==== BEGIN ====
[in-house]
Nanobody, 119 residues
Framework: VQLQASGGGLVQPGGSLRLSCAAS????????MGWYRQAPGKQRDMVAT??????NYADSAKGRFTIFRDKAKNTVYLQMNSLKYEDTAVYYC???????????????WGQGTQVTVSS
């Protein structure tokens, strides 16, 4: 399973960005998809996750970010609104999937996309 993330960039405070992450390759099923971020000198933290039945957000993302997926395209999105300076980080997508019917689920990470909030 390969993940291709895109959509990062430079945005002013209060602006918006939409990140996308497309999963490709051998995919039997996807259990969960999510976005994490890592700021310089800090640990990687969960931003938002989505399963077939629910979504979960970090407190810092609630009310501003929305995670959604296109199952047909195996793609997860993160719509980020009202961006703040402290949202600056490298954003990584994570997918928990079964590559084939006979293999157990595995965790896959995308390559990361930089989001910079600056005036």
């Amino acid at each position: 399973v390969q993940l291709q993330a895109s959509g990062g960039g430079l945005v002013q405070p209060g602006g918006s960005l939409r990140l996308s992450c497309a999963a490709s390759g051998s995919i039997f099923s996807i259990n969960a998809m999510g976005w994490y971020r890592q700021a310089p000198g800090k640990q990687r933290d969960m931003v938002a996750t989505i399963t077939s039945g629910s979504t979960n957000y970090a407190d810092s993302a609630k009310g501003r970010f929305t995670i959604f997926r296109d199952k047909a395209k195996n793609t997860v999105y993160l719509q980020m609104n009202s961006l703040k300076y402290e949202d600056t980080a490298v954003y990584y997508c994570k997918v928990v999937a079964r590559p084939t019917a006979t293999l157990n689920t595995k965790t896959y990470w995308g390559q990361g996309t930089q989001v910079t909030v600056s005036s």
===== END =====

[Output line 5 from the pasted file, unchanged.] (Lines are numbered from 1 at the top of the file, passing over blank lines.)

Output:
């Amino acid at each position: 399973v390969q993940l291709q993330a895109s959509g990062g960039g430079l945005v002013q405070p209060g602006g918006s960005l939409r990140l996308s992450c497309a999963a490709s390759g051998s995919i039997f099923s996807i259990n969960a998809m999510g976005w994490y971020r890592q700021a310089p000198g800090k640990q990687r933290d969960m931003v938002a996750t989505i399963t077939s039945g629910s979504t979960n957000y970090a407190d810092s993302a609630k009310g501003r970010f929305t995670i959604f997926r296109d199952k047909a395209k195996n793609t997860v999105y993160l719509q980020m609104n009202s961006l703040k300076y402290e949202d600056t980080a490298v954003y990584y997508c994570k997918v928990v999937a079964r590559p084939t019917a006979t293999l157990n689920t595995k965790t896959y990470w995308g390559q990361g996309t930089q989001v910079t909030v600056s005036s």